Ghormeh Sabzi served over Saffron Rice (Chelo) and Tahdig

August  8, 2015
4 Ratings
Photo by Lynn Mahony
  • Serves 8
Author Notes

Ghormeh (stewed) sabzi (greens) is a Persian stew often considered the Iranian national dish and a "must" at any important Persian event.

It consists of a concert of flavors from sautéed herbs, fenugreek leaves (shambalileh in Persian), beans, onions, and most importantly sun dried Persian limes (lime-omani). My husband's family recipe includes lamb which makes this stew nice and hearty.

This recipe holds many fond memories for my husband as the distinctive and intoxicating scent of Ghormeh Sabzi cooking on the stovetop reminds him of his previous life in Iran before the revolution forced him and his family to flee their beloved home.

This was the first dish my husband ever cooked for me. Some may even say it was the dish that ultimately helped him win my heart.

While this stew can be a labor of love to make, rest assured it is worth every bit of it as I have never met a soul who didn't fall in love with Ghormeh Sabzi at the first bite. —Lynn Mahony

What You'll Need
  • For the Stew:
  • 1/2 cup Dried Kidney Beans
  • 3 teaspoons Salt
  • 3 pounds Lamb Shank (cut in half through the bone)
  • 1 Medium Onion
  • 1 dash Pepper
  • 3 Dried Persian Limes
  • 2 Leeks
  • 4 bunches Flat Leaf Parsley
  • 3 tablespoons Dried Fenugreek
  • 1 teaspoon Turmeric
  • 2 Limes (juice)
  • 1 tablespoon Vegetable Oil
  • For the Saffron Rice with Tahdig (crispy rice)
  • 4 cups Indian or Pakistani Basmati Rice
  • 2 tablespoons salt
  • 2 teaspoons Salt
  • 1 tablespoon Olive Oil
  • 2 tablespoons Butter
  • 1 teaspoon Saffron
  1. For the Stew:
  2. Soak the kidney beans in cold water and 1 teaspoon of salt for 8-10 hours.
  3. Trim the fat off the lamb shanks and add them to a pressure cooker.
  4. Cut the onion into 8 pieces and add to the pressure cooker.
  5. Add salt and pepper and mix contents of pressure cooker well.
  6. Place a loose lid on the pressure cooker and cook on low for 20 minutes, stirring every 5 minutes to insure the lamb and onion don't burn.
  7. After the 20 minutes, add just enough water to cover the lamb and onion.
  8. Place the pressure cooker lid on and turn the heat to high. Continue to cook until the contents of the pressure cooker start to boil.
  9. Reduce the heat to medium and cook for 20 additional minutes.
  10. While the lamb is cooking, use a fork to poke a few holes into the dried limes. Note: These can be purchased at Middle Eastern stores or online.
  11. Chop the parsley and leeks very finely. Set aside.
  12. Soak the fenugreek in 1 cup of water. Set aside.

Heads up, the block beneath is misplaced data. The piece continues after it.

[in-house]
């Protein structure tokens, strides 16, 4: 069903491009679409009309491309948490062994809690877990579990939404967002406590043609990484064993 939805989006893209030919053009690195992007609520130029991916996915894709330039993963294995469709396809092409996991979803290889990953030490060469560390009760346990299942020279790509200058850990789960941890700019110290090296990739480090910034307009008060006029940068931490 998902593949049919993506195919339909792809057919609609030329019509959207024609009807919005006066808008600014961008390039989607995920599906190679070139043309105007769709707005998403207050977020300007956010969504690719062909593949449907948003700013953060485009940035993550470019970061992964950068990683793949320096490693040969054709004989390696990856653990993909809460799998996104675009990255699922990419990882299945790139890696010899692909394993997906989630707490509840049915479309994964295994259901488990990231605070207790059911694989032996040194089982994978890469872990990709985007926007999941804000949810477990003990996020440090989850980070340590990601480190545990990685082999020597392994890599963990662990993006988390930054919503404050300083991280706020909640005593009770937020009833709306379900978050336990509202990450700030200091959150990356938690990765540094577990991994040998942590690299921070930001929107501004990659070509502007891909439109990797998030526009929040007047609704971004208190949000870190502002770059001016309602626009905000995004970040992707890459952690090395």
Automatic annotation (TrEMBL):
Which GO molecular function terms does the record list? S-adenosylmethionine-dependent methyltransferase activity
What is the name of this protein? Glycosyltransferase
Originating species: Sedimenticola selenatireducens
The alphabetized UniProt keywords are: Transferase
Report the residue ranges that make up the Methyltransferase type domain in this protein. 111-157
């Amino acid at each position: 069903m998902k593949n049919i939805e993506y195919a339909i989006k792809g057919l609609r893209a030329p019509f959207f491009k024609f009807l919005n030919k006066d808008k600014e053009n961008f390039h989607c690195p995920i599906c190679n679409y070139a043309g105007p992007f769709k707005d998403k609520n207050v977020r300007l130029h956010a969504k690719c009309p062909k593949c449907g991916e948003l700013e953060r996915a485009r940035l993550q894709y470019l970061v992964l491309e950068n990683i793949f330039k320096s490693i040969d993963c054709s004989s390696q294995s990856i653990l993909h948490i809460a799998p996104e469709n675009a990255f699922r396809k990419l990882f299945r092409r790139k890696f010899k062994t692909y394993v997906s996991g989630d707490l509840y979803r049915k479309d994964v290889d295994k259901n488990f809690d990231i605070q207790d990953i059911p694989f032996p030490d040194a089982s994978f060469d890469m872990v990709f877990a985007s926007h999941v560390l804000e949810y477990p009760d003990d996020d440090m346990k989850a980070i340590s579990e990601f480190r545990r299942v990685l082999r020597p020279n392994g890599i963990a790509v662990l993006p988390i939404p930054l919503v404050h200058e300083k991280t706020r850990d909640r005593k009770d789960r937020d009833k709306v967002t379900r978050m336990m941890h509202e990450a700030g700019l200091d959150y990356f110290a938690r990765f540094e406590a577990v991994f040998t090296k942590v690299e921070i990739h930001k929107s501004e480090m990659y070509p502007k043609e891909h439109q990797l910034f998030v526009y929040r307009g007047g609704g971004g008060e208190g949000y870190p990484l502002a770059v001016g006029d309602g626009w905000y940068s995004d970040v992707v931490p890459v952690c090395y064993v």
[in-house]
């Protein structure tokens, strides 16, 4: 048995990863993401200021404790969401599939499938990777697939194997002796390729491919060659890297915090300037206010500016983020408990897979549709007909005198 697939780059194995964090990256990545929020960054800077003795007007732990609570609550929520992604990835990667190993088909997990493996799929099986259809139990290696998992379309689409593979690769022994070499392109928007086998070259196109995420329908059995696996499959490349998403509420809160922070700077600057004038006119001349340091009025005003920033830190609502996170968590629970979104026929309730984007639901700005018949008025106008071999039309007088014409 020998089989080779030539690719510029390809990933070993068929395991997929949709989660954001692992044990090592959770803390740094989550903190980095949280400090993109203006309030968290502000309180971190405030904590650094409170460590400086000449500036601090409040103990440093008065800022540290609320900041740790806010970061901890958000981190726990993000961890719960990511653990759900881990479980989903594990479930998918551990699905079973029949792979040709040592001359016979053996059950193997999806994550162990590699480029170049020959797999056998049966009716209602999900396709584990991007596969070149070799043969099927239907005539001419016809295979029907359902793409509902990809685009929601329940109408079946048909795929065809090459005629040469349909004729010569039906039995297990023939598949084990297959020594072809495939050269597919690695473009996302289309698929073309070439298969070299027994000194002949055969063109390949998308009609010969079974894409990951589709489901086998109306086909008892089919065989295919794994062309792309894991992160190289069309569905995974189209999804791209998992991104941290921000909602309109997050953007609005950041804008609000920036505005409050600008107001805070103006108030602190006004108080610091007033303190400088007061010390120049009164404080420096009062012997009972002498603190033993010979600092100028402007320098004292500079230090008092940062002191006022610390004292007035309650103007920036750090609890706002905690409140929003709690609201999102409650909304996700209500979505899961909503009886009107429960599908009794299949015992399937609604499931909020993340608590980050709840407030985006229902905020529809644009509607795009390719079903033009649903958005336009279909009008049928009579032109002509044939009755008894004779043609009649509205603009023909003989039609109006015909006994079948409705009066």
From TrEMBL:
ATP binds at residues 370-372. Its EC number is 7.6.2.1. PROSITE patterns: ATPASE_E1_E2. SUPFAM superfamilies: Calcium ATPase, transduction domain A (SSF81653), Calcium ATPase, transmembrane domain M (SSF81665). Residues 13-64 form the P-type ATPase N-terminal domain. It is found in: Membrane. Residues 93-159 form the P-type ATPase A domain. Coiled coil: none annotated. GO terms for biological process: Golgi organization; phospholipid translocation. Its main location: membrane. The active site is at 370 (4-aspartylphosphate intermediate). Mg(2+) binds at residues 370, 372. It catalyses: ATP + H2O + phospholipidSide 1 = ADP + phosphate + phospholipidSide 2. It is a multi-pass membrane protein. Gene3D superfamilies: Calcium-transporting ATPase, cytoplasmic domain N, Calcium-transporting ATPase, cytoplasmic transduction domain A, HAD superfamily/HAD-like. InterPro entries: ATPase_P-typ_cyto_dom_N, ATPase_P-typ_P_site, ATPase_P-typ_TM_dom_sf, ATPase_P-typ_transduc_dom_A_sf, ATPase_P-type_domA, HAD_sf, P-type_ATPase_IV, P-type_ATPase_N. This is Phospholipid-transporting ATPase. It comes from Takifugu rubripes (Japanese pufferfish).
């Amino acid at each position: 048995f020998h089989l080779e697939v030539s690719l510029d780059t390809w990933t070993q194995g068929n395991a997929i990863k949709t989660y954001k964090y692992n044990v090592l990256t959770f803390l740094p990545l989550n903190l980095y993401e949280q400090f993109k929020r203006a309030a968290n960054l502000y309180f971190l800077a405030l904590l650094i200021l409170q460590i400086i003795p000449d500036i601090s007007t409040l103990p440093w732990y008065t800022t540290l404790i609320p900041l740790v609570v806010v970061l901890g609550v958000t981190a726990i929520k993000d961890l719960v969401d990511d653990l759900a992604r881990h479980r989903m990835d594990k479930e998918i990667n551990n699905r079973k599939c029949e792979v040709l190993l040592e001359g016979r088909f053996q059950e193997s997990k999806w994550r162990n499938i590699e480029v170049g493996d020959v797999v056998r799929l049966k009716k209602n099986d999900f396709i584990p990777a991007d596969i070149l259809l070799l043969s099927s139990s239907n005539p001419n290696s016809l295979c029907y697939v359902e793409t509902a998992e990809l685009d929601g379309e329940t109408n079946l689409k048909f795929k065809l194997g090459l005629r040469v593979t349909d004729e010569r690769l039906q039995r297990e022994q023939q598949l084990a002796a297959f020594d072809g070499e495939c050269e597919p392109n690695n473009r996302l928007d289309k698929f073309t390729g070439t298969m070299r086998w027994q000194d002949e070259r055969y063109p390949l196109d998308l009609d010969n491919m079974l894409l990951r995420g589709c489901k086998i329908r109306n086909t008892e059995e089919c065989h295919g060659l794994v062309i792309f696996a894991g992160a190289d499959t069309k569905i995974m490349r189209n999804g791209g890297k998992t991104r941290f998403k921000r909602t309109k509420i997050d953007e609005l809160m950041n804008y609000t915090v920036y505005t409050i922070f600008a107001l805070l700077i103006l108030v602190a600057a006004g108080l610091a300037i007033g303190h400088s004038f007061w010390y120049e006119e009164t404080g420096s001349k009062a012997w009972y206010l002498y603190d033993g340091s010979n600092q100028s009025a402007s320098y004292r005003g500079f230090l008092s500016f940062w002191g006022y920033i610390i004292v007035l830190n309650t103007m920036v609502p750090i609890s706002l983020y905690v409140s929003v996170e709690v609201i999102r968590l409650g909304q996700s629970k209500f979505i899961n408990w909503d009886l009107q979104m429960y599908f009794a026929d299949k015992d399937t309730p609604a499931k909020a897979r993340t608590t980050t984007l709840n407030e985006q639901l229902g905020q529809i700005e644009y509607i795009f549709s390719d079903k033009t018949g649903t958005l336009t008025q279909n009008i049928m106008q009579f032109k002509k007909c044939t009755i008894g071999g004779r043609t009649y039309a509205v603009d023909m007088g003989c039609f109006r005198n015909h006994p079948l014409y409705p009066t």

13. Drain the kidney beans.
  14. Turn the heat off the pressure cooker and slowly release the steam.
  15. Add the dried limes and kidney beans.
  16. Place the lid back on the pressure cooker and bring to a boil. Reduce heat to medium and cook for 10 additional minutes.
  17. Add 1 tablespoon of vegetable oil to a large skillet. Fry the parsley, leeks and drained fenugreek for 10 minutes or until their volume has reduced in half.
  18. Add the herbs and turmeric to the contents of the pressure cooker. Replace the lid and bring to a boil. Reduce the heat to medium and continue to cook for an additional 10 minutes.
  19. Serve in individual bowls, topping each with 1 tablespoon of lime juice. Spoon the stew over Saffron rice with Tahdig (recipe follows).
  1. For the Saffron Rice with Tahdig (crispy rice)
  2. Rinse the rice with cold water repeatedly until the water coming off the rice is clear. Note: This can take up to 10 rinses.
  3. Place the rice in a large bowl and add 1 tablespoon of salt and enough water to completely submerge the rice. Be sure your water level is 1-2 inches above the rice. Let the rice sit covered for 8-10 hours.
  4. Drain the rice and place it into a large pot. Add 2 teaspoons salt and enough water to cover the rice.
  5. Bring to a boil over medium-high heat and continue to cook until the water on the top boils off. Remove the rice from the heat and rinse under cold water to stop the cooking. Note: The rice will not be totally cooked at this point.
  6. Heat a separate pot over low heat for a few minutes. Add olive oil. Be sure the oil covers the entire bottom of the pot.
  7. Spread half of the partially cooked rice evenly over the bottom of the pot, packing it down tightly. Loosely add the rest of the rice to the pot.
  8. Bring 1 cup of water to a boil.
  9. Grind the saffron with a mortar and pestle. Add 1/2 cup of boiling water to the saffron and stir well.
  10. Pour the saffron water over the rice.
  11. Using the handle of a spatula, poke 4 holes into the rice. Be sure that these holes go all the way down to the bottom of the pot as this will allow steam to escape.
  12. Use the remaining 1/2 cup of boiling water to rinse any remaining saffron from the bowl and pour it over the rice.
  13. Divide the 2 tablespoons of butter into 4 pieces and place over top of the rice.
  14. Place paper towels over the top of the pot to catch the condensate. Place the cover tightly over the top of the pot. Simmer for 30 minutes.
  15. After 30 minutes, increase the heat to low and cook for 20 additional minutes. This will create the crunchy rice on the bottom of the pot (Tahdig).
  16. Gently scoop the loose rice out of the pot.
  17. Loosen the sides of the crunchy rice with a butter knife. Place a plate on top of the pot and flip the tahdig onto the plate.
  18. Serve the tahdig immediately with the Basmati rice and Ghormeh Sabzi.

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  • Lynn Mahony
    Lynn Mahony
  • boulangere

2 Reviews

Lynn M. August 8, 2015
Awe asante sana Cynthia. This dish tastes as good as it looks.
boulangere August 8, 2015
This is drop dead gorgeous.